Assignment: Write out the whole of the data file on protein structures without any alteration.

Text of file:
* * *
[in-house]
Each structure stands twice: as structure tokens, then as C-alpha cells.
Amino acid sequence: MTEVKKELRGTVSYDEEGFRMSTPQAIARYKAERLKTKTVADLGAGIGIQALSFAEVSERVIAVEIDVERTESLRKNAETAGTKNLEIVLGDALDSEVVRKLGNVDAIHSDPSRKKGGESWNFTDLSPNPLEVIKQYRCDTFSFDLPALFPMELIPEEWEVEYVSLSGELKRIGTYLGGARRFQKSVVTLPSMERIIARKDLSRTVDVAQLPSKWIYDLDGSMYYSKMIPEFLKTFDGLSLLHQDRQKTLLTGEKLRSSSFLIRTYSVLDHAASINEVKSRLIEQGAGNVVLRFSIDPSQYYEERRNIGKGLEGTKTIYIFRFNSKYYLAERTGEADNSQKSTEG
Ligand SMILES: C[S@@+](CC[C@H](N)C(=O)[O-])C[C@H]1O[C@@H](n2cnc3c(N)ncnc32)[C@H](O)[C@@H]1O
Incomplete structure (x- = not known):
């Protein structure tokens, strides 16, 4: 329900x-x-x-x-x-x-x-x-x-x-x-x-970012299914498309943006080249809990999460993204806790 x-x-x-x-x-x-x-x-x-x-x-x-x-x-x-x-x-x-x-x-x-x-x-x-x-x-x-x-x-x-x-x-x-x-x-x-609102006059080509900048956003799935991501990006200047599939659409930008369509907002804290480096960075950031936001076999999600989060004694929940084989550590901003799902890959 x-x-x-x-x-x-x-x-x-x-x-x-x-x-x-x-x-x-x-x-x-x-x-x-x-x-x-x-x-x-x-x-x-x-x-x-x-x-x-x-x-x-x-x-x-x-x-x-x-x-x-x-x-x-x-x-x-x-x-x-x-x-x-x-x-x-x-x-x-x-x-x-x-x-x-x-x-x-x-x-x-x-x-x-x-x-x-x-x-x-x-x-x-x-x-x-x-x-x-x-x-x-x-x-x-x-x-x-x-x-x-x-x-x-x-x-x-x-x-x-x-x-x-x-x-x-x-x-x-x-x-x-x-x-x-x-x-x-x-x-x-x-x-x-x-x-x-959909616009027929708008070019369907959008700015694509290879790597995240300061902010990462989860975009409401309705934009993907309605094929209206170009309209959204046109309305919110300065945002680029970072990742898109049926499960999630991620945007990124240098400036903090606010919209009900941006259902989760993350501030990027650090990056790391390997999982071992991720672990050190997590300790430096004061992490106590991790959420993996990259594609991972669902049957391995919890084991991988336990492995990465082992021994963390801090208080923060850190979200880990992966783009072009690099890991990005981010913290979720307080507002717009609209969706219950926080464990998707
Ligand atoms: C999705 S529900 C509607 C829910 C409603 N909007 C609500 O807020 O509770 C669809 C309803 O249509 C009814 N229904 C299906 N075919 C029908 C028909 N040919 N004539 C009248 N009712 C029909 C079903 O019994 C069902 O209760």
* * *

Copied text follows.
[in-house]
Each structure stands twice: as structure tokens, then as C-alpha cells.
Amino acid sequence: MTEVKKELRGTVSYDEEGFRMSTPQAIARYKAERLKTKTVADLGAGIGIQALSFAEVSERVIAVEIDVERTESLRKNAETAGTKNLEIVLGDALDSEVVRKLGNVDAIHSDPSRKKGGESWNFTDLSPNPLEVIKQYRCDTFSFDLPALFPMELIPEEWEVEYVSLSGELKRIGTYLGGARRFQKSVVTLPSMERIIARKDLSRTVDVAQLPSKWIYDLDGSMYYSKMIPEFLKTFDGLSLLHQDRQKTLLTGEKLRSSSFLIRTYSVLDHAASINEVKSRLIEQGAGNVVLRFSIDPSQYYEERRNIGKGLEGTKTIYIFRFNSKYYLAERTGEADNSQKSTEG
Ligand SMILES: C[S@@+](CC[C@H](N)C(=O)[O-])C[C@H]1O[C@@H](n2cnc3c(N)ncnc32)[C@H](O)[C@@H]1O
Incomplete structure (x- = not known):
């Protein structure tokens, strides 16, 4: 329900x-x-x-x-x-x-x-x-x-x-x-x-970012299914498309943006080249809990999460993204806790 x-x-x-x-x-x-x-x-x-x-x-x-x-x-x-x-x-x-x-x-x-x-x-x-x-x-x-x-x-x-x-x-x-x-x-x-609102006059080509900048956003799935991501990006200047599939659409930008369509907002804290480096960075950031936001076999999600989060004694929940084989550590901003799902890959 x-x-x-x-x-x-x-x-x-x-x-x-x-x-x-x-x-x-x-x-x-x-x-x-x-x-x-x-x-x-x-x-x-x-x-x-x-x-x-x-x-x-x-x-x-x-x-x-x-x-x-x-x-x-x-x-x-x-x-x-x-x-x-x-x-x-x-x-x-x-x-x-x-x-x-x-x-x-x-x-x-x-x-x-x-x-x-x-x-x-x-x-x-x-x-x-x-x-x-x-x-x-x-x-x-x-x-x-x-x-x-x-x-x-x-x-x-x-x-x-x-x-x-x-x-x-x-x-x-x-x-x-x-x-x-x-x-x-x-x-x-x-x-x-x-x-x-959909616009027929708008070019369907959008700015694509290879790597995240300061902010990462989860975009409401309705934009993907309605094929209206170009309209959204046109309305919110300065945002680029970072990742898109049926499960999630991620945007990124240098400036903090606010919209009900941006259902989760993350501030990027650090990056790391390997999982071992991720672990050190997590300790430096004061992490106590991790959420993996990259594609991972669902049957391995919890084991991988336990492995990465082992021994963390801090208080923060850190979200880990992966783009072009690099890991990005981010913290979720307080507002717009609209969706219950926080464990998707
Ligand atoms: C999705 S529900 C509607 C829910 C409603 N909007 C609500 O807020 O509770 C669809 C309803 O249509 C009814 N229904 C299906 N075919 C029908 C028909 N040919 N004539 C009248 N009712 C029909 C079903 O019994 C069902 O209760």